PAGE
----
Mr. Brooks and the "Quasi-Religious"
Frank Cocozzelli printable version print page     Bookmark and Share
Sat Jun 09, 2007 at 09:07:22 AM EST
Leave it to self-described "recovering secularist" neoconservative shill David Brooks to pretend that he is complimenting moderate and progressive Catholics when he is really denigrating them. His now trademark esoteric Straussian babble, ripples to the surface of a piece in which it seems that Mr. Brooks has come to praise loyally dissenting Catholics - but in fact, he has come to bury them.
Although David Brooks may be an atypical "cultural warrior" -- he is the real deal.  While t  he absence of the crudity and vulgarity (of say, Bill O'Reilly and Bill Donohue), may be disarming to some he his soft and soothing, but nevertheless condescending observations are dressed to kill.  But make no mistake about it (it could be fatal) twice a week in the New York Times op-ed pages, the war upon mainstream faith continues unabated.

On May 25, 2007, New York Times he wrote a piece with seemingly the innocuous title "The Catholic Boom":

Quasi-religious people attend services, but they're bored much of the time. They read the Bible, but find large parts of it odd and irrelevant. They find themselves inextricably bound to their faith, but think some of the people who define it are nuts.

Whatever the state of their ambivalent souls, quasi-religious people often drive history. Abraham Lincoln knew scripture line by line but never quite shared the faith that mesmerized him.

Quasi-religious Protestants, drifting anxiously from the certainties of their old religion, built Victorian England. Quasi-religious Jews, climbing up from ancestral orthodoxy, helped shape 20th-century American culture.

Then the former Weekly Standard editor began extolling the virtues of Catholics like me--well, sort of:

Well, they started from their traditional Catholic cultural base. That meant, in the 1950s and early '60s, a strong emphasis on neighborhood cohesion and family, and a strong preference for obedience and solidarity over autonomy and rebellion.

Then over the decades, the authority of the church weakened and young Catholics assimilated. Catholic values began to converge with Protestant values. Catholic adults were more likely to use contraceptives, and fertility rates plummeted. They raised their children to value autonomy more and obedience less.

The process created a crisis for the church, as it struggled to maintain authority over its flock. But the shift was an economic boon to Catholics themselves. They found themselves in a quasi-religious sweet spot.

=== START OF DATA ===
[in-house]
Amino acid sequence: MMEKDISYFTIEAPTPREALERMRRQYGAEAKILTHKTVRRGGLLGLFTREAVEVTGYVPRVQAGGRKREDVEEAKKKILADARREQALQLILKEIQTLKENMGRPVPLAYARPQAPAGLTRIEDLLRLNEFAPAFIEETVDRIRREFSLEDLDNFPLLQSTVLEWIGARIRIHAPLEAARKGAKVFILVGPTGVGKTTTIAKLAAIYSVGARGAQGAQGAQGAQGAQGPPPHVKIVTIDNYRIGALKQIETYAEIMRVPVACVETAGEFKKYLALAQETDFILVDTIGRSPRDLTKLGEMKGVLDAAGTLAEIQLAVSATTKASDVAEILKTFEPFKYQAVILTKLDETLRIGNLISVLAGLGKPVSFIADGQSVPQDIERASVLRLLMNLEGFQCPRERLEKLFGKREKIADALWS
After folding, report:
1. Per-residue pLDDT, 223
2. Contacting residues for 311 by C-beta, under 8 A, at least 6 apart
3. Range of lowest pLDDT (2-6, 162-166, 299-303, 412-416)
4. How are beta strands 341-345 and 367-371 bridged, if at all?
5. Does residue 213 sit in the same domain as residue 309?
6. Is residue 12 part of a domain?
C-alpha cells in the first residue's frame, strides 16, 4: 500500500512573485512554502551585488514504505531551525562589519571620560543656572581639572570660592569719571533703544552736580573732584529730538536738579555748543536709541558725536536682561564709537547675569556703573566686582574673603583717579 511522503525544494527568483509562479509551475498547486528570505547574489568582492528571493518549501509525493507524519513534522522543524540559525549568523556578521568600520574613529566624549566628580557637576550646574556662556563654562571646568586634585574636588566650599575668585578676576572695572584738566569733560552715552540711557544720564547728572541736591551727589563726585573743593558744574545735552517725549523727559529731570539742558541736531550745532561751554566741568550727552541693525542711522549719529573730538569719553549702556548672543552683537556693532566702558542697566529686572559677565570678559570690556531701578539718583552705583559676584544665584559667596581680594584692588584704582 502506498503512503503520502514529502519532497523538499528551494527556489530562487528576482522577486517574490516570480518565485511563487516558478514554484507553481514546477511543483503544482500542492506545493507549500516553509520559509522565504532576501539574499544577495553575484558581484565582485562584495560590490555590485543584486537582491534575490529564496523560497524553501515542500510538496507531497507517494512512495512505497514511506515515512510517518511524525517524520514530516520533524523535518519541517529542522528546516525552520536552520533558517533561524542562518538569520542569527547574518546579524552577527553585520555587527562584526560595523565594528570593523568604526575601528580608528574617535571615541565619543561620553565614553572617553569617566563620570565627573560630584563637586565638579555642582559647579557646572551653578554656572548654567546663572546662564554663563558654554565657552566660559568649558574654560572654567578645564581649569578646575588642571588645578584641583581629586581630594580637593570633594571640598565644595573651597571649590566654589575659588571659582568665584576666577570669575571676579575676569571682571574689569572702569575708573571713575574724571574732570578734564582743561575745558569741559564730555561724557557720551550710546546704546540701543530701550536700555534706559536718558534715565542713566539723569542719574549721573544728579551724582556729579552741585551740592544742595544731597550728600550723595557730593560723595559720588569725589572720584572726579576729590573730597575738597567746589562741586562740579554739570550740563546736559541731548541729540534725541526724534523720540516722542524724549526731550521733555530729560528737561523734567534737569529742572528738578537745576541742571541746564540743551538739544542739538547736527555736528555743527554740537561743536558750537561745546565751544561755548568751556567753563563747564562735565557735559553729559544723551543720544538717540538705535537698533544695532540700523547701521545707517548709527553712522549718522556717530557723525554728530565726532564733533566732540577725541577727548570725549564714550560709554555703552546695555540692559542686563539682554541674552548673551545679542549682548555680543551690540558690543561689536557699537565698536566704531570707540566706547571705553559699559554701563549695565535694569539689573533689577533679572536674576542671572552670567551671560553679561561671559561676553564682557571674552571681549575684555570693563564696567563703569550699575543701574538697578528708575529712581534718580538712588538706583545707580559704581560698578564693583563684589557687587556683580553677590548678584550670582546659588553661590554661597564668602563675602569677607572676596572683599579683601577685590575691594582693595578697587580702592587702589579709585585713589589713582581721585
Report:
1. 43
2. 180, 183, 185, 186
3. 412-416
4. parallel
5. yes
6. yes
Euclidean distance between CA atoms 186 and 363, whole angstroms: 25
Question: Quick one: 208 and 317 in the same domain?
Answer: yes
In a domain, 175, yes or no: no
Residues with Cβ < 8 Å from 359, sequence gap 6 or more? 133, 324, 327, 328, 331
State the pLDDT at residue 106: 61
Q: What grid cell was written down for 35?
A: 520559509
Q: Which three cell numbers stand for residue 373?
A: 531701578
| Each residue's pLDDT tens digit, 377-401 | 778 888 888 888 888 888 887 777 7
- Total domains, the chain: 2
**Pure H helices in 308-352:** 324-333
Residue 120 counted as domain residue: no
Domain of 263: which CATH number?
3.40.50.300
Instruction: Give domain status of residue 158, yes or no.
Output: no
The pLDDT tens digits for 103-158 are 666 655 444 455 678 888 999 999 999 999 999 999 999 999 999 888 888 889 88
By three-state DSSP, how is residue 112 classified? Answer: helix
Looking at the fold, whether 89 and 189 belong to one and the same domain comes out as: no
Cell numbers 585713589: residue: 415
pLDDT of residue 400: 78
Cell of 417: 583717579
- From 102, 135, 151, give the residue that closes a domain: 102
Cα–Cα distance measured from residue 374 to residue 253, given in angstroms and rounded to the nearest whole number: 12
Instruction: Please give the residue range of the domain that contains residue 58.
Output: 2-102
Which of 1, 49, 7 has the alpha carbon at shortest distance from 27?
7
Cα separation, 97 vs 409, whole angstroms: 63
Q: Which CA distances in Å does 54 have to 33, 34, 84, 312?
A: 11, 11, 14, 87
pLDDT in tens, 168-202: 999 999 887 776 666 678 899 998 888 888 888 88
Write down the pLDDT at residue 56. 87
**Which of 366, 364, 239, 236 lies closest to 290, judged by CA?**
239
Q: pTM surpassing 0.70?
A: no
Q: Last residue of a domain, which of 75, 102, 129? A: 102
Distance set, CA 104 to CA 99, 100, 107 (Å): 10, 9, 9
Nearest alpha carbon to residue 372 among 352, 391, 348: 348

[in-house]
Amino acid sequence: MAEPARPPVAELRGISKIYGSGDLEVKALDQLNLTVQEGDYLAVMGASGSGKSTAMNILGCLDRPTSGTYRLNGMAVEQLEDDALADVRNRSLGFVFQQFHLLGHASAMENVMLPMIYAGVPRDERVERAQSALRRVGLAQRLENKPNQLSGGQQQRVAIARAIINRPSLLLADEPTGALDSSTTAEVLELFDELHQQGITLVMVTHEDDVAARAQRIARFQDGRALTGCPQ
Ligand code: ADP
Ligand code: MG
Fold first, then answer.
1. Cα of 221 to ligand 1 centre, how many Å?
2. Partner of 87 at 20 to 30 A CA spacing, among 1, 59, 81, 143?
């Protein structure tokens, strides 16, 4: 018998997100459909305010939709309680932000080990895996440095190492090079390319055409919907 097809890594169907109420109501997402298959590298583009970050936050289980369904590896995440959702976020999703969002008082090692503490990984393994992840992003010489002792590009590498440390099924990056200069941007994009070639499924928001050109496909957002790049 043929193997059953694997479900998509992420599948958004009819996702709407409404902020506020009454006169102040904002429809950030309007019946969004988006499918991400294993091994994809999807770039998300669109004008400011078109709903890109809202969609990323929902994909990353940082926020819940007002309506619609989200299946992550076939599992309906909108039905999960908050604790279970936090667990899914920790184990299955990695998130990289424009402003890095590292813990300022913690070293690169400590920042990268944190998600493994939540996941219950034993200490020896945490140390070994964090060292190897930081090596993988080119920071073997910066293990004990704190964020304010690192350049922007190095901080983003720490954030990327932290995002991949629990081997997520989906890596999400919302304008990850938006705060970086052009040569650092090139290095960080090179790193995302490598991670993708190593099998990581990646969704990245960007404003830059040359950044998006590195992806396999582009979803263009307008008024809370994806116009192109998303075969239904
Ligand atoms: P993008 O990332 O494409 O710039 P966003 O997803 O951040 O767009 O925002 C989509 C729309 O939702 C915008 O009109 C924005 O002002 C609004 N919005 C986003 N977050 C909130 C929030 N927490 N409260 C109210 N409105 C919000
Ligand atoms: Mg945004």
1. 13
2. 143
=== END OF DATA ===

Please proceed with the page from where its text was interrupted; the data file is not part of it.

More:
Ah yes, David Brooks, master of the backhanded compliment!

At first glance, "The Catholic Boom" may seem complimentary towards the religious individual who does not buy into every single orthodox pronouncement, but in fact, it isn't. Just the labeling of moderate and progressive as "quasi-religious" betrays David Brooks' true feelings. The esoteric message in this piece is that those who dissent from orthodoxy are defined as truly religious, but quasi religious.

This is a man who has a particularly nasty habit of pigeon-holing into categories based upon ancient notions of inequality. His past writings have described American society as simplistically divided into Red and Blue halves. And it is not too difficult to discern where his sympathies lie:

Red America is traditional, religious, self-disciplined, and patriotic. Blue America is modern, secular, self-expressive, and discomfited by blatant displays of patriotism. Proponents of this hypothesis in its most radical form contend that America is in the midst of a culture war, with two opposing armies fighting on behalf of their views. The historian Gertrude Himmelfarb offered a more moderate picture in One Nation, Two Cultures (1999), in which she argued that although America is not fatally split, it is deeply divided, between a heartland conservative population that adheres to a strict morality and a liberal population that lives by a loose one. The political journalist Michael Barone put it this way in a recent essay in National Journal: "The two Americas apparent in the 48 percent to 48 percent 2000 election are two nations of different faiths. One is observant, tradition-minded, moralistic. The other is unobservant, liberation-minded, relativistic."

In a later piece, Brooks chastises the "quasi-religious," essentially telling them "you don't know how to be faithful." For example:

Fifth, the recovering secularist must acknowledge that he has been too easy on religion. Because he assumed that it was playing a diminishing role in public affairs, he patronized it. He condescendingly decided not to judge other creeds. They are all valid ways of approaching God, he told himself, and ultimately they fuse into one. After all, why stir up trouble by judging another's beliefs? It's not polite. The better option, when confronted by some nasty practice performed in the name of religion, is simply to avert one's eyes. Is Wahhabism a vicious sect that perverts Islam? Don't talk about it.